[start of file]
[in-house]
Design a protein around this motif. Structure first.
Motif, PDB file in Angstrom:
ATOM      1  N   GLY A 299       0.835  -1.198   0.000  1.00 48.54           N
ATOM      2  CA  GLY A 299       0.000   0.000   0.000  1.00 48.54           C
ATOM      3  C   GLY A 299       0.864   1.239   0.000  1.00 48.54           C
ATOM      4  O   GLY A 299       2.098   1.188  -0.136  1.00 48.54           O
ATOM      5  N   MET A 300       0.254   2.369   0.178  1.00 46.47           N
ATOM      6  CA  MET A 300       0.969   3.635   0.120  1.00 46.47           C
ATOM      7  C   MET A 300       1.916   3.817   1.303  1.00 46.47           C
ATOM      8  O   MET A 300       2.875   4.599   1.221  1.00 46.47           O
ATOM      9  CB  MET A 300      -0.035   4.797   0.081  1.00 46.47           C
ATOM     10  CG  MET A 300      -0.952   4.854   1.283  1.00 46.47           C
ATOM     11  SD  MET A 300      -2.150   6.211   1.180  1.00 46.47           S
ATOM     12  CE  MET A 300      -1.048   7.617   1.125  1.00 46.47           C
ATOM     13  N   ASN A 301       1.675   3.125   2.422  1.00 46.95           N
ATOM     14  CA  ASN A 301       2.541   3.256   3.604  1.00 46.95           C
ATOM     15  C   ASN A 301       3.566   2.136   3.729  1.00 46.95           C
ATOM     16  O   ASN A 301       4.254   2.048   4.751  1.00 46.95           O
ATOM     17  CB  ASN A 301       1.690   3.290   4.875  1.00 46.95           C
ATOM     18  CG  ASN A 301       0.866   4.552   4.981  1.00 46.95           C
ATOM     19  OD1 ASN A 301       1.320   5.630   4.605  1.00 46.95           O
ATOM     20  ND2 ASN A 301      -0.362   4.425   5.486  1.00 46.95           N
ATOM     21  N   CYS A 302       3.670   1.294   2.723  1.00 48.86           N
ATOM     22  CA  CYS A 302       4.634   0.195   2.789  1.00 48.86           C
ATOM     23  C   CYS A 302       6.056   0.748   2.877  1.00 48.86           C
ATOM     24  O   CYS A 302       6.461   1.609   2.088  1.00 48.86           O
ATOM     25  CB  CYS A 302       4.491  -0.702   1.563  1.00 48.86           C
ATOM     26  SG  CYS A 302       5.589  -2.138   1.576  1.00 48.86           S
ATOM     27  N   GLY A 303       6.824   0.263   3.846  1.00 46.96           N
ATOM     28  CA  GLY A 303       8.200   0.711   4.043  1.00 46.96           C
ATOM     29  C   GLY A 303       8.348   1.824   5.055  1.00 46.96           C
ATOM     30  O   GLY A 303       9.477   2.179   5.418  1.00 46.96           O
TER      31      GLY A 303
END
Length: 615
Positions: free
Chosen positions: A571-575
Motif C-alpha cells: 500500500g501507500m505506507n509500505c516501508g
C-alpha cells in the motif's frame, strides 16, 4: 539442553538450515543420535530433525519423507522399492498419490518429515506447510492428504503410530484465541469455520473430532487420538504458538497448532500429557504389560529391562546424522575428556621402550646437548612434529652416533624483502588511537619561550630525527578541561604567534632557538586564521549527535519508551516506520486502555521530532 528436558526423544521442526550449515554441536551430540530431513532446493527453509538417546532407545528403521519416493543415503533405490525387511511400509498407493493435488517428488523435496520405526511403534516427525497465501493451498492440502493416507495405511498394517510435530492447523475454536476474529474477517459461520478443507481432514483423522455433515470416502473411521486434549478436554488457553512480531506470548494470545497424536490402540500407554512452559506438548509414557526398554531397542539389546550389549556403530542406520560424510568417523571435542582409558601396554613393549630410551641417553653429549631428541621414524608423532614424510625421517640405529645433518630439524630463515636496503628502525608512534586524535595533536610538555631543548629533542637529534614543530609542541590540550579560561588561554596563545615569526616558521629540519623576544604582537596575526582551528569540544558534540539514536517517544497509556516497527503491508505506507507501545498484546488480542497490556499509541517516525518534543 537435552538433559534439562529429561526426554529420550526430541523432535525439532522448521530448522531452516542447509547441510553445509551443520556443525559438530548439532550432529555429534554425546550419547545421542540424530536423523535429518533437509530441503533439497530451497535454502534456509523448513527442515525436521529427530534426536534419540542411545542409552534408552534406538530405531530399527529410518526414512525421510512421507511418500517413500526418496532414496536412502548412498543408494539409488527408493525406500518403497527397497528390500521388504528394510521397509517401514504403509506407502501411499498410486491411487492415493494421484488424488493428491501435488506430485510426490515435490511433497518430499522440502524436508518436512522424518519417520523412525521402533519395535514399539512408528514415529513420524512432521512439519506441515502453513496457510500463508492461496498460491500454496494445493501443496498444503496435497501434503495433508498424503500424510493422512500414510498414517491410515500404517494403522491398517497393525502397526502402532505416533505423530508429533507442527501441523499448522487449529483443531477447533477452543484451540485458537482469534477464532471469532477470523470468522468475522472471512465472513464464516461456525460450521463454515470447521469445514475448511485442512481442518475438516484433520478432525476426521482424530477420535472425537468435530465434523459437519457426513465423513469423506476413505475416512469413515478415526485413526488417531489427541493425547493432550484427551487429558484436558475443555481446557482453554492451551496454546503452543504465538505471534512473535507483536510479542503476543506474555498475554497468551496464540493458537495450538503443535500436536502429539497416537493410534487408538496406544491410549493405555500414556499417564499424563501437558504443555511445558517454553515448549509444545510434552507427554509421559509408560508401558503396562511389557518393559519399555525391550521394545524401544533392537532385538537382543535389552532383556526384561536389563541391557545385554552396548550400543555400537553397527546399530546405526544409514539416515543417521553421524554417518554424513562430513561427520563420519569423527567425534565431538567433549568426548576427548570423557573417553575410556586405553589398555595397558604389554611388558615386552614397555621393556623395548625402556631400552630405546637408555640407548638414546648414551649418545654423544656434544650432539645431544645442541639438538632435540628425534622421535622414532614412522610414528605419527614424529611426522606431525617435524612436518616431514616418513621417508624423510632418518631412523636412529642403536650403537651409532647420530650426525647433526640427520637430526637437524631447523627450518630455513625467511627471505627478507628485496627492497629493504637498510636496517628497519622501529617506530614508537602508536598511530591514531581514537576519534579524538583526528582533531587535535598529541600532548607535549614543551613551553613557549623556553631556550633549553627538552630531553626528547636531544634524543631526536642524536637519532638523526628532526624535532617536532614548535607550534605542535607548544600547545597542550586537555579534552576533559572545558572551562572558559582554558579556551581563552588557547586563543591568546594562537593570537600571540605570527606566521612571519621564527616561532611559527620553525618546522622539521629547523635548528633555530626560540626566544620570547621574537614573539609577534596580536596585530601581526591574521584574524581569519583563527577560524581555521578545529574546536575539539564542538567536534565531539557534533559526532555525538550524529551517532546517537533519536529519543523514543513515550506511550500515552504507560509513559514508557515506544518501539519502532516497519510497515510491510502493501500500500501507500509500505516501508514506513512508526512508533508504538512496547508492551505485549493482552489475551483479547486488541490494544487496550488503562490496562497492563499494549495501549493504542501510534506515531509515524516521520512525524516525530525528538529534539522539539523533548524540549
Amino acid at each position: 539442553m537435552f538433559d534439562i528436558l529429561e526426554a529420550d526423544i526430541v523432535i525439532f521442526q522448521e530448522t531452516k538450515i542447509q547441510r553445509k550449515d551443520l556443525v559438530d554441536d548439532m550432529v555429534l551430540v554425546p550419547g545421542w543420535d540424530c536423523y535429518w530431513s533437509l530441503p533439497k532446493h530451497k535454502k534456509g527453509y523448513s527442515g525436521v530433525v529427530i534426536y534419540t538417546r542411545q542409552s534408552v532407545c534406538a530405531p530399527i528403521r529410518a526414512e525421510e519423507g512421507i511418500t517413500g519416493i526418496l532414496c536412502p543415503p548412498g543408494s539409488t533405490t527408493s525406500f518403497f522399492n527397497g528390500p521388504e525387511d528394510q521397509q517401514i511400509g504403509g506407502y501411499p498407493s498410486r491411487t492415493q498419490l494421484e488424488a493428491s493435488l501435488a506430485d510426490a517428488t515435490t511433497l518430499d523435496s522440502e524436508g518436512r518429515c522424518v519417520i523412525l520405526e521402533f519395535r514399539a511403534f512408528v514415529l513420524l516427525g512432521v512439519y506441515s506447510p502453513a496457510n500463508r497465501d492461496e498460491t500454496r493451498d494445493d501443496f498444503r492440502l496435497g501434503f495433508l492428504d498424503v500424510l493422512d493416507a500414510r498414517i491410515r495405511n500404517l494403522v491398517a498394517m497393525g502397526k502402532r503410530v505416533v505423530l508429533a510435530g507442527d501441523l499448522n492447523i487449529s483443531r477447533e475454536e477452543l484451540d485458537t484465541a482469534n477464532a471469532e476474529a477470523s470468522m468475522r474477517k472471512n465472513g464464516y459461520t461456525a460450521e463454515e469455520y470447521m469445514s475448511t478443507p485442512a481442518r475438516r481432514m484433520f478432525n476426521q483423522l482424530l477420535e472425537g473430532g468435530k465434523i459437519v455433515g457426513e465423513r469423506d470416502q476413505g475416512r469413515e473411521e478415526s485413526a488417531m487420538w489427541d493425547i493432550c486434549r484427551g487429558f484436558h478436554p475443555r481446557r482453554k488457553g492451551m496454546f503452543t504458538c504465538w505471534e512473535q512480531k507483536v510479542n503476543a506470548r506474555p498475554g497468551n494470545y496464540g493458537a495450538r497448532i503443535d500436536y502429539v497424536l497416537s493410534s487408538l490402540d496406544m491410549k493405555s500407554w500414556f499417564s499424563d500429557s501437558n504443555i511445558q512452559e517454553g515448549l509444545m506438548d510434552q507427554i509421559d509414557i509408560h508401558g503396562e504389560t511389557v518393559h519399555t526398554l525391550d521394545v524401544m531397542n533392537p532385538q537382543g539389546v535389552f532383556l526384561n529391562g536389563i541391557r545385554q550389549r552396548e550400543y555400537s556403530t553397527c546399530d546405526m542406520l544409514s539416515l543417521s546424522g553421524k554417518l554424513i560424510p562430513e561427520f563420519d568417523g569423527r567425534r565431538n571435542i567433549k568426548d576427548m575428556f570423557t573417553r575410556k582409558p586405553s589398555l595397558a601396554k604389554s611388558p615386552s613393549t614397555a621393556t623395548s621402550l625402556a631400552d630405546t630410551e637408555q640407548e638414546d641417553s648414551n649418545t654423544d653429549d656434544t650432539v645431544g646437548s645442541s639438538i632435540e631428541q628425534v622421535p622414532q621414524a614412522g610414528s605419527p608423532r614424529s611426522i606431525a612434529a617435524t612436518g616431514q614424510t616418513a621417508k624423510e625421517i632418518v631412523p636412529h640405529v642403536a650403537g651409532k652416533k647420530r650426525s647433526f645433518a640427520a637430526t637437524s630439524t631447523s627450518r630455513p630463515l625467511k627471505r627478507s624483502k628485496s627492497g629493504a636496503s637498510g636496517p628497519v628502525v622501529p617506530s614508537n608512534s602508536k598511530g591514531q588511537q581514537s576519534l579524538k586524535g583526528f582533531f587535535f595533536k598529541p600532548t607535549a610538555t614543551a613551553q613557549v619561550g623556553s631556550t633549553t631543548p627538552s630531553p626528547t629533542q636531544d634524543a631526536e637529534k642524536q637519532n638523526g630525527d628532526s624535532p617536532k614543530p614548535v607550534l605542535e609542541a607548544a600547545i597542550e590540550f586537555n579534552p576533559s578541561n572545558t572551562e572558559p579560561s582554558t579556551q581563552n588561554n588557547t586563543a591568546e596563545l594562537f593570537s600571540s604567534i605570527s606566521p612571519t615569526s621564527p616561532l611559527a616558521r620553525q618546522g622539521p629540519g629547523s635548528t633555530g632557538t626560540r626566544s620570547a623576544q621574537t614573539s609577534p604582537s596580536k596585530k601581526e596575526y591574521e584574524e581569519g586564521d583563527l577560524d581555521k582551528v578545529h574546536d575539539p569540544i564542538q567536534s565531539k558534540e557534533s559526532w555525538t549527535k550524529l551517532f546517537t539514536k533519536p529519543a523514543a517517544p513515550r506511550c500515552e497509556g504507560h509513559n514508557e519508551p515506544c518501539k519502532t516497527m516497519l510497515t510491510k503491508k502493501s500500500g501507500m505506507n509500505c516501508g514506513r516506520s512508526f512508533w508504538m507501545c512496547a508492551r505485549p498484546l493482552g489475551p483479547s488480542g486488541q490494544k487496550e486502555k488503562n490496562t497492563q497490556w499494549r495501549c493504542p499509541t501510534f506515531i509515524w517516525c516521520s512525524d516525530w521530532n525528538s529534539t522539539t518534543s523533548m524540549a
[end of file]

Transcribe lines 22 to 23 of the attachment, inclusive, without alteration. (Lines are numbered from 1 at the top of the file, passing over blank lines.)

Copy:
ATOM     19  OD1 ASN A 301       1.320   5.630   4.605  1.00 46.95           O
ATOM     20  ND2 ASN A 301      -0.362   4.425   5.486  1.00 46.95           N